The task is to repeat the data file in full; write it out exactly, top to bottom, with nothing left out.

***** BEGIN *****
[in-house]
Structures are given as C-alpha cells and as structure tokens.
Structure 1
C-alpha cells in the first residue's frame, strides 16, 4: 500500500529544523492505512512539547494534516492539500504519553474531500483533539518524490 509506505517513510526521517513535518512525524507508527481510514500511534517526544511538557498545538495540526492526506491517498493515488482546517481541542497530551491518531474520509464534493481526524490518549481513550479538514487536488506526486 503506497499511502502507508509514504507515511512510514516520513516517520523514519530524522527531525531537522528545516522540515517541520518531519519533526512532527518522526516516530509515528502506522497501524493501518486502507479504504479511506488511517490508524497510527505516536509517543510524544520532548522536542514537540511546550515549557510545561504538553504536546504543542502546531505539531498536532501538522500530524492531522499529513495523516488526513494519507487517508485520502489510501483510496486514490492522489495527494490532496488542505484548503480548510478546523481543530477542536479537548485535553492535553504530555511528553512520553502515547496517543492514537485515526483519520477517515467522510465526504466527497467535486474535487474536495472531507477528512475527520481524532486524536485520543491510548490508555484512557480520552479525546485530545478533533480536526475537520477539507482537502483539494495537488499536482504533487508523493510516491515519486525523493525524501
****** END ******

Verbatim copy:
[in-house]
Structures are given as C-alpha cells and as structure tokens.
Structure 1
C-alpha cells in the first residue's frame, strides 16, 4: 500500500529544523492505512512539547494534516492539500504519553474531500483533539518524490 509506505517513510526521517513535518512525524507508527481510514500511534517526544511538557498545538495540526492526506491517498493515488482546517481541542497530551491518531474520509464534493481526524490518549481513550479538514487536488506526486 503506497499511502502507508509514504507515511512510514516520513516517520523514519530524522527531525531537522528545516522540515517541520518531519519533526512532527518522526516516530509515528502506522497501524493501518486502507479504504479511506488511517490508524497510527505516536509517543510524544520532548522536542514537540511546550515549557510545561504538553504536546504543542502546531505539531498536532501538522500530524492531522499529513495523516488526513494519507487517508485520502489510501483510496486514490492522489495527494490532496488542505484548503480548510478546523481543530477542536479537548485535553492535553504530555511528553512520553502515547496517543492514537485515526483519520477517515467522510465526504466527497467535486474535487474536495472531507477528512475527520481524532486524536485520543491510548490508555484512557480520552479525546485530545478533533480536526475537520477539507482537502483539494495537488499536482504533487508523493510516491515519486525523493525524501